Kenneth Slusher bill

A lesson in cellphone cost reduction: the $2M phone bill

Ever opened an outrageous bill and thought it was time for some cellphone cost reduction? You aren’t alone. But once and awhile a truly extreme case comes along, and we’d like to introduce you to one of them. Meet Ken Slusher of Damascus, Ore. Until a few weeks ago, he owed Verizon Wireless over $2 million. Yes, take a moment to digest that. $2 million. His saga started late last year, when he and his girlfriend got new phones from the carrier. A short time later, he realized he was being overcharged on his bill – which sadly isn’t unusual

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Trucking Companies – Lost Income

“…hundreds of millions of dollars lost by truckers because loads are not optimized…” Trucking companies lose significant income in three main areas related to the management of load weights. These costs often go unnoticed simply because it‘s the method of operation that has become common practice. It’s just the way it is. However, it doesn’t have to be that way. Shipping Underweight There are hundreds of millions of dollars lost by truckers because loads are not optimized in terms of maximum load weight. The risk of hauling overweight, and the significant costs associated with that, causes shipment after shipment to

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Down Syndrome Awareness – Paint Your Nails Blue

Those who often read the Schooley Mitchell Blog may recognize my name, Christine Wilson. I have been writing articles since June of 2013, and have learned a lot from the experience. Today, I would like to take a moment to discuss another experience of mine and all it has taught me. In September of last year, my friend Rebekah and I had the opportunity to begin volunteering with an amazing young woman named Steph. Steph has Down syndrome, and my friends and I spend two hours with her every Monday. We go to movies, bake, have dance parties, and basically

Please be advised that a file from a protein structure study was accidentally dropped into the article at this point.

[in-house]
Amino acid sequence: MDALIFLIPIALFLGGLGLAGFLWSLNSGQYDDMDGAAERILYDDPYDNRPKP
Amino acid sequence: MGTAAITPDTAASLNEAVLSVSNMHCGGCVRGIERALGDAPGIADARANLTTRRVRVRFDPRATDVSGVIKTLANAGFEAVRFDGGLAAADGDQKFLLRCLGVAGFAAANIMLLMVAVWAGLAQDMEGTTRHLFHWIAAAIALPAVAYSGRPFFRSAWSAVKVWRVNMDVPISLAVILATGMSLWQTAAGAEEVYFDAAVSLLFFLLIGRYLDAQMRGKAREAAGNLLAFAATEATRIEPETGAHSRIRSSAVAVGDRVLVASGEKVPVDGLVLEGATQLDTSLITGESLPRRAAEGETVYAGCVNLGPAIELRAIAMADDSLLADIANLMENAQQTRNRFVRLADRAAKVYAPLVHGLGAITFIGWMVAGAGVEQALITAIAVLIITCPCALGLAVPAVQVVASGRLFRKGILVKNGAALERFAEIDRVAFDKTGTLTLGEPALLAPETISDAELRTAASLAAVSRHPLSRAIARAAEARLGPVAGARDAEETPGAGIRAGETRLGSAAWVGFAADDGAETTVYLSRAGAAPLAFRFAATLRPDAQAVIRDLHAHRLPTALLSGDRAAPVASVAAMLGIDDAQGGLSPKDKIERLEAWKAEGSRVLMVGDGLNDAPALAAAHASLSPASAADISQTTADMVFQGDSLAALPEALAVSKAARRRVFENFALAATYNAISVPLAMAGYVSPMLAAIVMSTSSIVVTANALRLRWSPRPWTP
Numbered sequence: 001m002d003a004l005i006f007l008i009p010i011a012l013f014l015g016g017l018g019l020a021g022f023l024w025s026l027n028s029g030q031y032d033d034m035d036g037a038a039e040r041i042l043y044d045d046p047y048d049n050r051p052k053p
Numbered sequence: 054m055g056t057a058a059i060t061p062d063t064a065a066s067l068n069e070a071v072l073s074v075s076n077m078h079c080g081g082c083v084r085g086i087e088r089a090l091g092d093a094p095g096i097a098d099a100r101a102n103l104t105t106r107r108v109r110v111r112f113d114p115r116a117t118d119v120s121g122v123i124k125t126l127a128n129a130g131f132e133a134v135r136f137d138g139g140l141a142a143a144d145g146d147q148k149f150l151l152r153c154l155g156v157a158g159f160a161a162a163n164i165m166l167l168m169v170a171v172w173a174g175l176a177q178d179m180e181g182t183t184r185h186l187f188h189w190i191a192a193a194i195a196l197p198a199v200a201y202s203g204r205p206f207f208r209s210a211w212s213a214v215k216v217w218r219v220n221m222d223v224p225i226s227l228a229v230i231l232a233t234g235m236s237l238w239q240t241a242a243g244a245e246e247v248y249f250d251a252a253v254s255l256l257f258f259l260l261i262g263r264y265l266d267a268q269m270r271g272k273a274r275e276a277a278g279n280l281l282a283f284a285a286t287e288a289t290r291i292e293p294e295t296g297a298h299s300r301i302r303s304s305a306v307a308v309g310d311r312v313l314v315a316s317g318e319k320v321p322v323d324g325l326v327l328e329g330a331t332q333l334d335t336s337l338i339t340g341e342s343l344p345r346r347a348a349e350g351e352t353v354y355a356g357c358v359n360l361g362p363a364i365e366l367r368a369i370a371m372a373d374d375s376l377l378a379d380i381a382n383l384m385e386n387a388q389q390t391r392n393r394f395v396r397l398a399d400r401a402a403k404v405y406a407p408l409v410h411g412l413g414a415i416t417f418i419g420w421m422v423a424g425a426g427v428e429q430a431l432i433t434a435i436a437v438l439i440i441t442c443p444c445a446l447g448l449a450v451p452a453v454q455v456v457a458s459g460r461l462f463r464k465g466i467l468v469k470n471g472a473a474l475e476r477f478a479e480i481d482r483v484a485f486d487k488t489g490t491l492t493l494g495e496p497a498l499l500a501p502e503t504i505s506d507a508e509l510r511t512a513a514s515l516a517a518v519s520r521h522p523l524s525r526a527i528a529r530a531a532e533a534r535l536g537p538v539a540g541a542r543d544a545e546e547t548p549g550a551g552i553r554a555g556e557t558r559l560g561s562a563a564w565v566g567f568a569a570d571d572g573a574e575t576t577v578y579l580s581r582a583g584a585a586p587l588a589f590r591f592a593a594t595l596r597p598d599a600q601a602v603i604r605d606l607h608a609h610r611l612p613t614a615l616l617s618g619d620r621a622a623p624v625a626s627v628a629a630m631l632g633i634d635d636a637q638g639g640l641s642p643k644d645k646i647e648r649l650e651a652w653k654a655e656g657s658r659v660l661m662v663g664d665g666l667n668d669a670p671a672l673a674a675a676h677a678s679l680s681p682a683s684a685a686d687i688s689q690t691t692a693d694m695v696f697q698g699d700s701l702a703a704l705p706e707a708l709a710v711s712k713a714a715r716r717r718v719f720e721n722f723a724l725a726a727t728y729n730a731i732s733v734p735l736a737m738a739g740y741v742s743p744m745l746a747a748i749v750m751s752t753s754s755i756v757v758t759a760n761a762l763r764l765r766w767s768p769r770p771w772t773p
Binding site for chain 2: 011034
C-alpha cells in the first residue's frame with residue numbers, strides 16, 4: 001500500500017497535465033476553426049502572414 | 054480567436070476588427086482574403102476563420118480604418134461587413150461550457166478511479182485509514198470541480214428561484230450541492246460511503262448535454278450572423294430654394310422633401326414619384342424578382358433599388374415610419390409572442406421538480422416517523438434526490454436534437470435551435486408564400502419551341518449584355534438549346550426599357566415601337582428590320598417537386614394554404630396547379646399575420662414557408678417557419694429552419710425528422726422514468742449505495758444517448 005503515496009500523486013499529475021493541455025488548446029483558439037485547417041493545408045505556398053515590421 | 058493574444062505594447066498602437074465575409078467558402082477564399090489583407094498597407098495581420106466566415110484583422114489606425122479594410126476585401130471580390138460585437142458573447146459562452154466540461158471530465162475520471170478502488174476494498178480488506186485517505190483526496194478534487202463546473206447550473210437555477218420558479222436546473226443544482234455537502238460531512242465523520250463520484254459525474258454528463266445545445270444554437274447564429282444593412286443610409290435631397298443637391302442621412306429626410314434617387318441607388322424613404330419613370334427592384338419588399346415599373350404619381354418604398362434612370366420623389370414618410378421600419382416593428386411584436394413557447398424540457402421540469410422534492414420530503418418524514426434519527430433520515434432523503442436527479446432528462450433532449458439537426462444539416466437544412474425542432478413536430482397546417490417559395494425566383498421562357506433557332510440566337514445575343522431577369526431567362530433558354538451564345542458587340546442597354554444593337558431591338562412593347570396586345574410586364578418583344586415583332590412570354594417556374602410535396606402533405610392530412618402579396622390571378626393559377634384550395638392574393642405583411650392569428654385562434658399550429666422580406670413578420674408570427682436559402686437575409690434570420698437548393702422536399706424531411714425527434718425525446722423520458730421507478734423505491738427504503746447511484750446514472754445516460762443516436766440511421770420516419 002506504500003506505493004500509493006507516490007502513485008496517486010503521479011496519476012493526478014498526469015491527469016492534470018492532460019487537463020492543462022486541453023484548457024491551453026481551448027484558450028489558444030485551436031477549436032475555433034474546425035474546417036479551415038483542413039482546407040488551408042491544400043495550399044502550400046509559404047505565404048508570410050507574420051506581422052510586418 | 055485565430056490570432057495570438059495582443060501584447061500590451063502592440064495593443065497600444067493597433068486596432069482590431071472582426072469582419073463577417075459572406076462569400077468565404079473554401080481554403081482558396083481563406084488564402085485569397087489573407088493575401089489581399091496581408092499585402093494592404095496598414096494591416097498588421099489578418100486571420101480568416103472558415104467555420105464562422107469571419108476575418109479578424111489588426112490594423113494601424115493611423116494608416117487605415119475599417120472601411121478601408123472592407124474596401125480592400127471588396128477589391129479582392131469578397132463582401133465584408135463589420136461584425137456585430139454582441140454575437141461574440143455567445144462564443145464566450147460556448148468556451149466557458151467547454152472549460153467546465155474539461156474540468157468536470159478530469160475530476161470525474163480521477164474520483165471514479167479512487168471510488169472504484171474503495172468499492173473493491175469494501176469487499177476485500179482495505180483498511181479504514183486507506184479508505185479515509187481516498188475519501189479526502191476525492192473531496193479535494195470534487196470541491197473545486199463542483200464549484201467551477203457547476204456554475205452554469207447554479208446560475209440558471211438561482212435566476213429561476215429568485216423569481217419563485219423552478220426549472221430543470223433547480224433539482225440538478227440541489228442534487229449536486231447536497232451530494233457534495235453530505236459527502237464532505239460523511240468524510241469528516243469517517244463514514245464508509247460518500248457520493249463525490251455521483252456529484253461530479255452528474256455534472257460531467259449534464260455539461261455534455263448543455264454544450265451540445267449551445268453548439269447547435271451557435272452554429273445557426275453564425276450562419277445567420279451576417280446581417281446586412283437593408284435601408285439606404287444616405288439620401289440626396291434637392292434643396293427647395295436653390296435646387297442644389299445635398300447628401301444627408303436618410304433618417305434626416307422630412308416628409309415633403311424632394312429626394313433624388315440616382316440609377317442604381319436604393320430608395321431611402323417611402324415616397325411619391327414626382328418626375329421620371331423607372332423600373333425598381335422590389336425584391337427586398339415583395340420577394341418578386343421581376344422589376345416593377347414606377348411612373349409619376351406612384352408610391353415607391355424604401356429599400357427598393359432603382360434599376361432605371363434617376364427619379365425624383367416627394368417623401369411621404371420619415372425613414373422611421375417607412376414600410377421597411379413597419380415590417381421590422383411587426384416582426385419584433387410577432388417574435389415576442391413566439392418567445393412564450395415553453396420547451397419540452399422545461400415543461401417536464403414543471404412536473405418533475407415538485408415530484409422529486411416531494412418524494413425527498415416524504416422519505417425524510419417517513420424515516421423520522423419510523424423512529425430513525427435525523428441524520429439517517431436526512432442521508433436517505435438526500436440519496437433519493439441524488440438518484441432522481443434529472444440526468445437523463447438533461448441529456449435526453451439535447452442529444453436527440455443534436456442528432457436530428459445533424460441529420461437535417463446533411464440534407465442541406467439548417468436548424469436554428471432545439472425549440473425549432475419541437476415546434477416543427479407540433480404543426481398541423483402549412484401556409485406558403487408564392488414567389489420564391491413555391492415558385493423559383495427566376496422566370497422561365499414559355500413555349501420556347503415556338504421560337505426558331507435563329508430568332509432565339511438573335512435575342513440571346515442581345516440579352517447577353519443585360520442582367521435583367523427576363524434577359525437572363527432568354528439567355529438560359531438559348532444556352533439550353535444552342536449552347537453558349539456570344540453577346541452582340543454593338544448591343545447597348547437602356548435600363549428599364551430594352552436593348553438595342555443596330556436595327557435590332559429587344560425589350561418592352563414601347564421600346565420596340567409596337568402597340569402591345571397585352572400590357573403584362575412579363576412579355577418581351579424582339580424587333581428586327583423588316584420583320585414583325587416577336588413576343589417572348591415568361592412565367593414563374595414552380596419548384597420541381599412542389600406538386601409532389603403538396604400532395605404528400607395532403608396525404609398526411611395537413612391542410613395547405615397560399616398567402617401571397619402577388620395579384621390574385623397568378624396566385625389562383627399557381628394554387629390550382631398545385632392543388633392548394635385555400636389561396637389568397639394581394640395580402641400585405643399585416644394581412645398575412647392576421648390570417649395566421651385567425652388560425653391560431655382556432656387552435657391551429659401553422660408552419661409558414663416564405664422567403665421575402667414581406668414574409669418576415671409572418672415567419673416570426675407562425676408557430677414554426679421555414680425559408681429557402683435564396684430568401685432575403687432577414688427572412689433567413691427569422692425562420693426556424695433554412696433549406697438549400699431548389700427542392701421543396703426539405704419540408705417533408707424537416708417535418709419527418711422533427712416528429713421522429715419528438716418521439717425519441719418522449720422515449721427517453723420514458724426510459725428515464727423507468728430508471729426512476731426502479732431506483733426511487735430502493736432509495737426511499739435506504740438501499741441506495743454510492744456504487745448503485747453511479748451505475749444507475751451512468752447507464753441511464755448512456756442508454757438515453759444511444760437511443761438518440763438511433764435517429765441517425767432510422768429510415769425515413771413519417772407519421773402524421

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FTC Seizing Assets of Phone Crammer

Telephone cramming may be illegal, but it sure is lucrative. Just ask Andrew Bachman, who lived a life of luxury off the proceeds of the sneaky scheme until being busted by the Federal Trade Commission (FTC). In a settlement released earlier this month, the FTC is set to seize over $1.2 million in assets, including bank accounts, shares in start-up companies and a Ferrari and a Mercedes. Several high-end watches were also seized. It comes after Bachman and others were busted by the FTC for subscribing consumers to cellphone text message services without their consent. These subscriptions cost about $9.99

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Changes Coming to E-Rate Program

As an E-Rate specialist, I help clients make sense of what can be a confusing program. I recently shared this information about important changes to the E-Rate program with my clients, and am happy to share it here today as well. On July 11, the Federal Communications Commission (FCC) announced steps to modernize the E-Rate program and expand access to digital learning technologies by providing support for Wi-Fi networks in schools and libraries. The program increases focus on the largest and most urgent needs – closing the Wi-Fi gap – while transitioning support away from legacy technologies to 21st century

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FTC Launches Cramming Lawsuit Against T-Mobile